A blog by Adrian Wong, CUSIC fellow in Oxford.
One of my highlights from the ICS State of the Art meeting 2014 was the talk by Prof Brindley on the final day of the conference. Entitled ‘Resuscitation – not as easy as A, B, C’, I was expecting an update of sorts on resuscitation of critically ill patients. Instead, what followed was an engaging and captivating talk about teamwork, communication and human factors within the intensive care unit. One quote in particular, resonated very strongly with me – “A team of experts isn’t an expert team”. Teamwork is more than just subordinates doing what the leader says. It is about maximising the mental and physical problem-solving capabilities, such that the sum exceeds its parts.
Personally, one of the main challenges of working in critical care is the fact that we are truly a multi-disciplinary team. From doctors to nurses, to allied health professionals such as dieticians and physiotherapists, we all play our part in trying to deliver the best possible care for our patients.
A genuine no-blame environment where organisations learn from their mistakes is often iterated in medical management and is something we should aspire to. The events of MidStaffs and its subsequent reports have made all healthcare professionals take a long hard look at themselves. People were too afraid to come forward, to raise concerns about the care patients were getting or rather not getting. The new statutory duty of candour was introduced for NHS bodies in England (trusts, foundation trusts and special health authorities) from 27 November 2014, and will apply to all other care providers registered with CQC from 1 April 2015.
Duty of Candour – The volunteering of all relevant information to persons who have or may have been harmed by the provision of services, whether or not the information has been requested and whether or not a complaint or a report about that provision has been made. (Francis)
Every healthcare professional must be open and honest with patients when something goes wrong with their treatment or care which causes, or has the potential to cause, harm or distress. Organisations should continuously be vigilant against potential systems failure.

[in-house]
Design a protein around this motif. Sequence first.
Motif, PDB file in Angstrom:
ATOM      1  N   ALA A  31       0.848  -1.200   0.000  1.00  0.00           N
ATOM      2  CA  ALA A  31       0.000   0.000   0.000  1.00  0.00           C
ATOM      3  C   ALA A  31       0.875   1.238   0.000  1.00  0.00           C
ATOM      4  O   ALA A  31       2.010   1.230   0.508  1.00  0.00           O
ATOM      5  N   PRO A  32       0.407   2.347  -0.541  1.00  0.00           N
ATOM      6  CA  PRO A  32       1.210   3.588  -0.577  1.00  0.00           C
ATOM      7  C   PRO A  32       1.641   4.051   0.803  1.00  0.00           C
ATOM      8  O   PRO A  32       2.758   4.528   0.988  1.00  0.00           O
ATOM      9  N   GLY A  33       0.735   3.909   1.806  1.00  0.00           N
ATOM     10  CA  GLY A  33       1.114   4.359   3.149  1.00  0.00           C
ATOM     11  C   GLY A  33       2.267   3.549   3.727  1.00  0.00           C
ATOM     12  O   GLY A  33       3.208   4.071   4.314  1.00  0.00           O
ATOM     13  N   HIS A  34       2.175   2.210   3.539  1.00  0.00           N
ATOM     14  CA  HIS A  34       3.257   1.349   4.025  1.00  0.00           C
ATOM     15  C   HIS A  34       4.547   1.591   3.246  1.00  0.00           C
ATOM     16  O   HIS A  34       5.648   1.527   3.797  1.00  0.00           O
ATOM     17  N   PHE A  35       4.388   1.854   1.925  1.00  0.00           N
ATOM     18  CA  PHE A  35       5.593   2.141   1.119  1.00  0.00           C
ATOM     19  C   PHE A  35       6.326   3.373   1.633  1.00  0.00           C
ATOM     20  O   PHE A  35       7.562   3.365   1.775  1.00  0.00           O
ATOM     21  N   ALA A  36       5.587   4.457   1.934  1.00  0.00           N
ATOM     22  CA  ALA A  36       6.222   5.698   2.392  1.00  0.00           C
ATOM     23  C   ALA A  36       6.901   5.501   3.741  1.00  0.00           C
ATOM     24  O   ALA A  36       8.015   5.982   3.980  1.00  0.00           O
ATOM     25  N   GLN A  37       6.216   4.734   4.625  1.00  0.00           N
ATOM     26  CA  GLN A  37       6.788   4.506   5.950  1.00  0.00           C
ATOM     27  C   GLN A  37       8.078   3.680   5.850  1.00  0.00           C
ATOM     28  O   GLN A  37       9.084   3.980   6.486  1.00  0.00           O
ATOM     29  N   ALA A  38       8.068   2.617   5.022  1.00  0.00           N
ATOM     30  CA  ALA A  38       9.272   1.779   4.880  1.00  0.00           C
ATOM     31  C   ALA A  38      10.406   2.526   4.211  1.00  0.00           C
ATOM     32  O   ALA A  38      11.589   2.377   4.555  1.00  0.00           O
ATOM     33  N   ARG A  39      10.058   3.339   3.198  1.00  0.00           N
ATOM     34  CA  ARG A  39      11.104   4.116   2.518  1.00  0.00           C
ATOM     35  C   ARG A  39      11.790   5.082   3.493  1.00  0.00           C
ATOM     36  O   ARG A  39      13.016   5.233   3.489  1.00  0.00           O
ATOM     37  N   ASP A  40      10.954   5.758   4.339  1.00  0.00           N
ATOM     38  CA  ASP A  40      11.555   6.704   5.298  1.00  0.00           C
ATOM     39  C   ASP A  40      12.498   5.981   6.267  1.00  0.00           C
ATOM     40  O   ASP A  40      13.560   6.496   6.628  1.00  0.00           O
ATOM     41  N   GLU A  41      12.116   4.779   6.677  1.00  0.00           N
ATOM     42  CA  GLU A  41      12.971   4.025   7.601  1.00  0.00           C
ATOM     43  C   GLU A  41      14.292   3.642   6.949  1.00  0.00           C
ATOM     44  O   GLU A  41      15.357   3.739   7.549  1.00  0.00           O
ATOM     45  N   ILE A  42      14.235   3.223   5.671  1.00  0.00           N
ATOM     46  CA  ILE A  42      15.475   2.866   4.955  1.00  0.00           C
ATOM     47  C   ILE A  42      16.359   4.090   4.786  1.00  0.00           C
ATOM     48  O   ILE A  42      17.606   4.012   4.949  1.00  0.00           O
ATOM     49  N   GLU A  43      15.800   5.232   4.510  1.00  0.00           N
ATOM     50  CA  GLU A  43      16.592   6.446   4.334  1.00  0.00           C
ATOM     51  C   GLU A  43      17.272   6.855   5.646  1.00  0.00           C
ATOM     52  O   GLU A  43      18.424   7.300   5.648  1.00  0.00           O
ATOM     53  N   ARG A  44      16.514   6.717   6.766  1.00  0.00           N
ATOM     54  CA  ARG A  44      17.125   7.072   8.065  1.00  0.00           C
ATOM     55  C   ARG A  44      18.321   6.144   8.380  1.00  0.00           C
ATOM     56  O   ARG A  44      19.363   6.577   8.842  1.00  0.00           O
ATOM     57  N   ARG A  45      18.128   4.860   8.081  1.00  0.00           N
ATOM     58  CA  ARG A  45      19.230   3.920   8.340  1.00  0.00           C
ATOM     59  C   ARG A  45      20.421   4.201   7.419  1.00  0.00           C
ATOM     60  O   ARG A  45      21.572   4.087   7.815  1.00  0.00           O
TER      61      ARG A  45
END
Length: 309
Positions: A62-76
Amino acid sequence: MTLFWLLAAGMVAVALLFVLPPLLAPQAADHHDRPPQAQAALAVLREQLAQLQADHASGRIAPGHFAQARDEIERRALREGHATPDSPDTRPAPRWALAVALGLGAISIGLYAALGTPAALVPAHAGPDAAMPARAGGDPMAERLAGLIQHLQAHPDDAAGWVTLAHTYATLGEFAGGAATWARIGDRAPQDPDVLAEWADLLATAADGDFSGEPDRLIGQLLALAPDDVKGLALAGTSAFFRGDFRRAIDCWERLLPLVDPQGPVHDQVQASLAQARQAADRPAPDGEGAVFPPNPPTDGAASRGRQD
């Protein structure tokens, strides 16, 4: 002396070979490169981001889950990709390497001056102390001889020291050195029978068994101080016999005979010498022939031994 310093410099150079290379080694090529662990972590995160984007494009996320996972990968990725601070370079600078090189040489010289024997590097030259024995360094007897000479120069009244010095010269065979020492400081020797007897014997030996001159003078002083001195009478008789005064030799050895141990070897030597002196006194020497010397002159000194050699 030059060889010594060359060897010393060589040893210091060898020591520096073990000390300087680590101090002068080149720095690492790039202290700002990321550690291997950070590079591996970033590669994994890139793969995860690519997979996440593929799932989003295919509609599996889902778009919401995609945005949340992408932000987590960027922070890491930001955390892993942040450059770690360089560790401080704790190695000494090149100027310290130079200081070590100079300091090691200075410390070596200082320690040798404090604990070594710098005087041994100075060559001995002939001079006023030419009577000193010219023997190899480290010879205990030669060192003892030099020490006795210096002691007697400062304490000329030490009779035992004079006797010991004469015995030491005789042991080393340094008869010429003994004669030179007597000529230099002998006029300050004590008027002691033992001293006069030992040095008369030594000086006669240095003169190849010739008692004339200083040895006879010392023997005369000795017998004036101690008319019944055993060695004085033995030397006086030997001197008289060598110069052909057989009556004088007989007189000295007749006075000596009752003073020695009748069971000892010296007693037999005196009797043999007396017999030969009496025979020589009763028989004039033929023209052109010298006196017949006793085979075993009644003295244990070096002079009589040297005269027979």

Intensive Care Medicine is a dangerous specialty
Working in such a high pressure, time-critical environment with high functioning individuals, it is easy to see how mistakes can happen. Medicine has begun to embrace the concept of human factors when dealing with medical errors. Human factors encompass all those factors that can influence people and their behaviour. In a work context, human factors are the environmental, organisational and job factors, and individual characteristics which influence behaviour at work.
It is very seldom that medical errors occur due to a single mistake. They usually occur due to a systems failure – the oft-quoted Swiss cheese model. Hence it is important that errors are analysed and lessons learnt to prevent recurrence.
The landmark case of Elaine Bromiley, who died following surgery, has highlighted the importance of human factors in ensuring optimal performance of the team. I believe that it has made the medical profession look at itself and accept it is human. Elaine was cared for by a team of experts comprising no fewer than 2 consultant anaesthetists. Doctors and especially consultants are expected/assumed to be good leaders to the rest of the medical team. Yet, as Professor Michael Harmer stated in his independent review: “This was a tragic case from which many lessons can and need to be learnt.”
Becoming an expert team
Teamwork in the intensive care unit refers to the leadership, decision-making, communication and coordination behaviours used by multidisciplinary team members to provide patient care. Patient safety research has demonstrated the importance of effective teamwork in ensuring positive patient outcomes in the ICU. Borrowing from the aviation industry’s Crew Resource Management, medical teams now use a combination of simulation as well as classroom-based teaching.
Healthcare teams are usually trained in technical aspects of their job but typically receive no human factors training. Hence, the lack of attention to training in non-technical skills and raising awareness of common error traps explains why the research literature and major incident reports are replete with examples of leadership, situational awareness, communication, coordination and teamwork failures. Indeed a common feature for such human factor courses, is that the focus should not be on the individual technical skills but rather how the team functions. The feedback and debriefing process are key elements to such training.
Underpinning all of this is engagement between the individual team members. Engagement is crucial and yet members of the team will not do so unless they feel “safe” to do so. A key effect in the introduction of the WHO Checklist is emphasis on the team. Every member of the team introduces him/herself. Such a simple action empowers individuals to be brave and speak up when they have concerns, thereby levelling the traditional hierarchical arrangement of medicine. The patient’s wellbeing is the overwhelming priority. As mentioned above, the Duty of Candour means that every healthcare professional has a responsibility to raise concerns about a failing team.
What do you do about a failing/flailing team? What do you do about the individual who is compromising team performance? The team is only as strong as its weakest link. There are national documents when it comes to dealing with failing doctor including consultants.
The bottom line is this, ask yourself, are you prepared to stand up for the team and hence the patient? How will you deal with the non-team player who refuses to be trained? Prof Brindley has the answer – sack them.
Adrian wrote this blog for the Intensive Care Society in his role as the chair of the Trainee Committee.